Accompanying Fleischman’s success has been a steady trajectory of increased notoriety as he joins the ranks of accomplished chefs and restaurateurs around the globe. By surrounding himself with like-minded individuals such as José Andres (Minibar, Bazaar), Albert Adria (El Bulli, Tickets), and Frederik Burselies (Aska), Fleischman’s opinion has become seasoned to the point of holding exceptional merit.

As the conversation turns to the growth in high-concept, fast-casual dining, Fleischman notes, “People are eating out more, but more casually. Chefs known for fine dining want to get into the casual space.” He cites Andres, who has previously related that “in the fast-casual space you can feed more people and touch more people with your food … you can serve 800 people a day rather than 100 or 200.”

Though much of the afternoon is spent discussing 800 Degrees in Chicago and Umami Burger in Asia, picking his brain with regard to the region’s culinary strengths and weaknesses seemed necessary. He explains that San Francisco does French better and New York City does Italian better, mentioning that Los Angeles does plenty well – Japanese, Korean, Thai, and Mexican specifically. “I’ve been living here for 15 years and seen much of [the food scene] it change; I wasn’t focused on what it needed until AdVantage,” Fleischman says. “Though it is not all about needs, it is about what we want to do.”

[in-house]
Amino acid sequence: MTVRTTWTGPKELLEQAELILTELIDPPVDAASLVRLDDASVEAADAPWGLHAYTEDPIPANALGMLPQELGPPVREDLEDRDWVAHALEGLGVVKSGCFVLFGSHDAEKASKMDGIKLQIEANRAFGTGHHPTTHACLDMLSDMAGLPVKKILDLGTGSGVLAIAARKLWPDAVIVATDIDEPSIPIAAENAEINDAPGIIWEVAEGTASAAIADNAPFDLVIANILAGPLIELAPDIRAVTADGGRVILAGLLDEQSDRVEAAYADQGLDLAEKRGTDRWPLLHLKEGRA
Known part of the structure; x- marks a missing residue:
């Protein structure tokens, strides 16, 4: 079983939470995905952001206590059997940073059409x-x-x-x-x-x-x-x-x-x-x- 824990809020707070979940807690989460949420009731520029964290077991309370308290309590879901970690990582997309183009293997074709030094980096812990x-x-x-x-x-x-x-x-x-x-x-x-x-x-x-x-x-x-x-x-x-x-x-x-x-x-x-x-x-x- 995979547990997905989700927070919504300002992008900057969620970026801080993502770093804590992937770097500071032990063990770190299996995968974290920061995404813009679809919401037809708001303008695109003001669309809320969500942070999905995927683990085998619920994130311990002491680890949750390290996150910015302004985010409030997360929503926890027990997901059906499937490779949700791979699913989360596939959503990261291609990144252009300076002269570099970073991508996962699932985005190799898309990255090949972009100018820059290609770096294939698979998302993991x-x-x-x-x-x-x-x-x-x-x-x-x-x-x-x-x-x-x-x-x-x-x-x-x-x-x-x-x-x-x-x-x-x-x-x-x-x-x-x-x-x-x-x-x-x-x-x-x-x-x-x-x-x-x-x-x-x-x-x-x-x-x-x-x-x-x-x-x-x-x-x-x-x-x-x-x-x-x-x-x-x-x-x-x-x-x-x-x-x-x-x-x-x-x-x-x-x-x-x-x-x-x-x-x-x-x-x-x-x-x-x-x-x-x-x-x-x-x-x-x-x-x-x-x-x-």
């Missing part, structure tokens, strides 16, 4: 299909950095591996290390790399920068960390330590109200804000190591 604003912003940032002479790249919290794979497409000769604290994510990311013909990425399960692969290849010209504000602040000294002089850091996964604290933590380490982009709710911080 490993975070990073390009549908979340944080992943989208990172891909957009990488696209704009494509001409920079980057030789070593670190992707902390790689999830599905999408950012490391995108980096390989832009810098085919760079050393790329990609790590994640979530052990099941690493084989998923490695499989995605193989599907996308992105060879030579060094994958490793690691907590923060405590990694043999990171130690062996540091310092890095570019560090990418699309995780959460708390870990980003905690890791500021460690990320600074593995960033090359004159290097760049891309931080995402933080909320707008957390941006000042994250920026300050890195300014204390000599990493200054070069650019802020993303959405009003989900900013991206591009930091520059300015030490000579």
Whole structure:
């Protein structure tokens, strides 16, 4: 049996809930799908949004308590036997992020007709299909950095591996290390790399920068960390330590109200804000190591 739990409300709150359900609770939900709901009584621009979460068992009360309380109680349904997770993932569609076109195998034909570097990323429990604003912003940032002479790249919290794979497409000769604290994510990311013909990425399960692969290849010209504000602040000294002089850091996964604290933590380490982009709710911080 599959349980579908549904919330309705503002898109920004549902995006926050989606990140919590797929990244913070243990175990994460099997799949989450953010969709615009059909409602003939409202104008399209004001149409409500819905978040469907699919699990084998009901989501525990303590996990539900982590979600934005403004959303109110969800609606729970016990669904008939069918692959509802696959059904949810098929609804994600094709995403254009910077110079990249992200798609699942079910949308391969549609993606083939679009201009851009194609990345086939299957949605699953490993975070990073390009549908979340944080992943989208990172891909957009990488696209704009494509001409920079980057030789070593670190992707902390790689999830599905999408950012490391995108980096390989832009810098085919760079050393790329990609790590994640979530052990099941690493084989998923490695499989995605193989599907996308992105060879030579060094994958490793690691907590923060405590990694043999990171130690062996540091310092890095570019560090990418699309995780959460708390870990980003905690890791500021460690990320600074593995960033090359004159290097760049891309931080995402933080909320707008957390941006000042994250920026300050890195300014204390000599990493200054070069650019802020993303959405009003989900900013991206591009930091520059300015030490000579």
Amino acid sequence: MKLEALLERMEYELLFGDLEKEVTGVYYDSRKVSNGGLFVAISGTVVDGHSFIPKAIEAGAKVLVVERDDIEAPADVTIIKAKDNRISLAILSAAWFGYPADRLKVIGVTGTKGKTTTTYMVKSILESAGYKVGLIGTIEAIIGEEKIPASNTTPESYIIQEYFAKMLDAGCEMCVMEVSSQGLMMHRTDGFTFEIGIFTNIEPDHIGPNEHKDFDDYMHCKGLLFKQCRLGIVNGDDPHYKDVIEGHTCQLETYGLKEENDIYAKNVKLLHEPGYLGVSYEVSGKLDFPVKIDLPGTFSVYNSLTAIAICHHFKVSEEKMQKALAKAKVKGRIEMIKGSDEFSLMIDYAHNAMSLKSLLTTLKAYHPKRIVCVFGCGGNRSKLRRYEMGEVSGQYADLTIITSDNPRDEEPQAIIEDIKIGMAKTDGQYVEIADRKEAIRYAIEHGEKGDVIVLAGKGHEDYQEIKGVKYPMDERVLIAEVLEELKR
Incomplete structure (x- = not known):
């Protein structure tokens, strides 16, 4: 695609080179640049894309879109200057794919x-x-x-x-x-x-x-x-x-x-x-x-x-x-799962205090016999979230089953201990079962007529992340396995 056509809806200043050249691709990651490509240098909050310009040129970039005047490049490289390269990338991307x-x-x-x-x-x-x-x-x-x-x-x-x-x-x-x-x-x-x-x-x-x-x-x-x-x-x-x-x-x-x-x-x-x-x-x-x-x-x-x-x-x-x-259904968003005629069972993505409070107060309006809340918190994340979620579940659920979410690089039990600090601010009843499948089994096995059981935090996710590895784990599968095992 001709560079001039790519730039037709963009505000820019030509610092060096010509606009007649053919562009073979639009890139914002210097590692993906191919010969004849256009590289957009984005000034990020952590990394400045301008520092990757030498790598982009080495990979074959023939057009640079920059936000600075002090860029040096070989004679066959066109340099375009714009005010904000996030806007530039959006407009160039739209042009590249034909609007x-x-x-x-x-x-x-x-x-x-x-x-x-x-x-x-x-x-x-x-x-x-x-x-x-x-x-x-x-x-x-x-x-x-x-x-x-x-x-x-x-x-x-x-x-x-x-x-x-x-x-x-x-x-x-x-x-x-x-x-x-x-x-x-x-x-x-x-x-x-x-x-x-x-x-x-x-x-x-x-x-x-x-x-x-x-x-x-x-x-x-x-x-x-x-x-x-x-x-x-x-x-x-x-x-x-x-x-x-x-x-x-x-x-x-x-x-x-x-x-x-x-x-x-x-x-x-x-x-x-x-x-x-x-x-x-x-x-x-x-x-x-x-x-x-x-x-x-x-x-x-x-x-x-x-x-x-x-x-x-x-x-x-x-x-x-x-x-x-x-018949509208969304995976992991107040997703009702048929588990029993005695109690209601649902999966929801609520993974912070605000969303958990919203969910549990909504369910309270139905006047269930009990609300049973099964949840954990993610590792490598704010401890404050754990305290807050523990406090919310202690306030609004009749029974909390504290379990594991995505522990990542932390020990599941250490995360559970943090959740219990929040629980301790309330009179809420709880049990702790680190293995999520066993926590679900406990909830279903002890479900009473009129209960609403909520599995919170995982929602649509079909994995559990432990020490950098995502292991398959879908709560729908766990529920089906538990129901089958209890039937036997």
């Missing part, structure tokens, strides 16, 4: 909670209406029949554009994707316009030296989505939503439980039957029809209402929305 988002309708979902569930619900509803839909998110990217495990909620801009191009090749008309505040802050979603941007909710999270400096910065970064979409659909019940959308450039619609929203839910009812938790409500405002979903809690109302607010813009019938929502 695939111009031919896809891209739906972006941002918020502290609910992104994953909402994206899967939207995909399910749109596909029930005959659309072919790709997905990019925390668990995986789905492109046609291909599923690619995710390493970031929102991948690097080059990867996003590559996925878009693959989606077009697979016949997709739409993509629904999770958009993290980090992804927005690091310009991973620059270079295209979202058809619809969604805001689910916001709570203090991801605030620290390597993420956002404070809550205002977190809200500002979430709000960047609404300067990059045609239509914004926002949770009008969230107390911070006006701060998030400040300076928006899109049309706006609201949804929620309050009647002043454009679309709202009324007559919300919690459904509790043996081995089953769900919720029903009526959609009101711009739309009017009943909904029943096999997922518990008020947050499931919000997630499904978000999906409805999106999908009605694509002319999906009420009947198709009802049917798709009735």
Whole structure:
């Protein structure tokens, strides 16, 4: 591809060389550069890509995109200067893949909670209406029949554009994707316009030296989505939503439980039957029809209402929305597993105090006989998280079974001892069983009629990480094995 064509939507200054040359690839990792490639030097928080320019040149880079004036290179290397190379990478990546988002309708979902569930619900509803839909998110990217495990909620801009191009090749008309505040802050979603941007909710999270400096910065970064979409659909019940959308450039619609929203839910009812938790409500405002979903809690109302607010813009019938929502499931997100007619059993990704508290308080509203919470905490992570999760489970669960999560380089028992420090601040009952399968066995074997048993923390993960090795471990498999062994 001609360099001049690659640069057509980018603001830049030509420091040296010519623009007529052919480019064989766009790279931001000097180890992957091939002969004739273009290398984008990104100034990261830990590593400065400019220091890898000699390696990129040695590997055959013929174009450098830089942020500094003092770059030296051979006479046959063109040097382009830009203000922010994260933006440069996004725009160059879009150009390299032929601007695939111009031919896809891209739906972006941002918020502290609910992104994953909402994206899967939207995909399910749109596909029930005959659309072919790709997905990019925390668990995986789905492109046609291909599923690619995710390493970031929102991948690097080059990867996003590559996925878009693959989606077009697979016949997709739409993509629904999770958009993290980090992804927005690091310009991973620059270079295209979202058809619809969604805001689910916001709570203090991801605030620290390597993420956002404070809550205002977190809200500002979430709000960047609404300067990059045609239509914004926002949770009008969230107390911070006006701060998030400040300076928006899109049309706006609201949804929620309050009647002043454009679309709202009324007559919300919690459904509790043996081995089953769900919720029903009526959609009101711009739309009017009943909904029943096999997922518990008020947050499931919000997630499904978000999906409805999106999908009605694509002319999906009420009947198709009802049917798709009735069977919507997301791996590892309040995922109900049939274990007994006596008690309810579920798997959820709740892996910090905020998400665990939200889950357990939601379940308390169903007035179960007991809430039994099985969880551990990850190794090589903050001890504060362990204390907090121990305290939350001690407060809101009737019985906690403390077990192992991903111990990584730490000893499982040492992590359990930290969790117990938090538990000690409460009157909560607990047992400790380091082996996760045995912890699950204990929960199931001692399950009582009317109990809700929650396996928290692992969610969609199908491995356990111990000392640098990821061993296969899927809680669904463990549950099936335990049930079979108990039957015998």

With a second Choco Chicken coming and a new brand – Tacoteca – slated to debut in Santa Monica, the aroma of Fleischman’s creations will permeate all corners of the LA region in 2015. Your taste buds are in Adam’s hands. Omakase.

umami-

 

Choco Chicken

Have to Try ChocoCombo – fried chocolate chicken, sides, cornbread
Location 403 West 12th St., Los Angeles (Santa Monica location opens in 2015)
Opened April 2014

chicken

Chop Daddy’s

Have to Try The Big Daddy – Pulled pork topped with crispy pork belly bacon, tater tots, cheese sauce and spicy aioli
Location 1146 Abbot Kinney Blvd., Venice
Opened 2013

Fat Noodle

The Buzz Hand-pulled noodles and the cuisine of the Sichuan and Shaanxi provinces of Western China
Location 92 Second St., San Francisco
Opening 2015

bravas

Smoke.Oil.Salt

Have to Try Braves Trencades, fried potatoes, serrano ham, chorizo, fried egg
Location 7274 Melrose Ave., Los Angeles
Opened May 2014

paella

Tacoteca

The Buzz  Emphasis on indigenous Mexican flavors, like tejuino, pulque, and tepache
Location 2460 Wilshire Blvd., Santa Monica
Opening Early 2015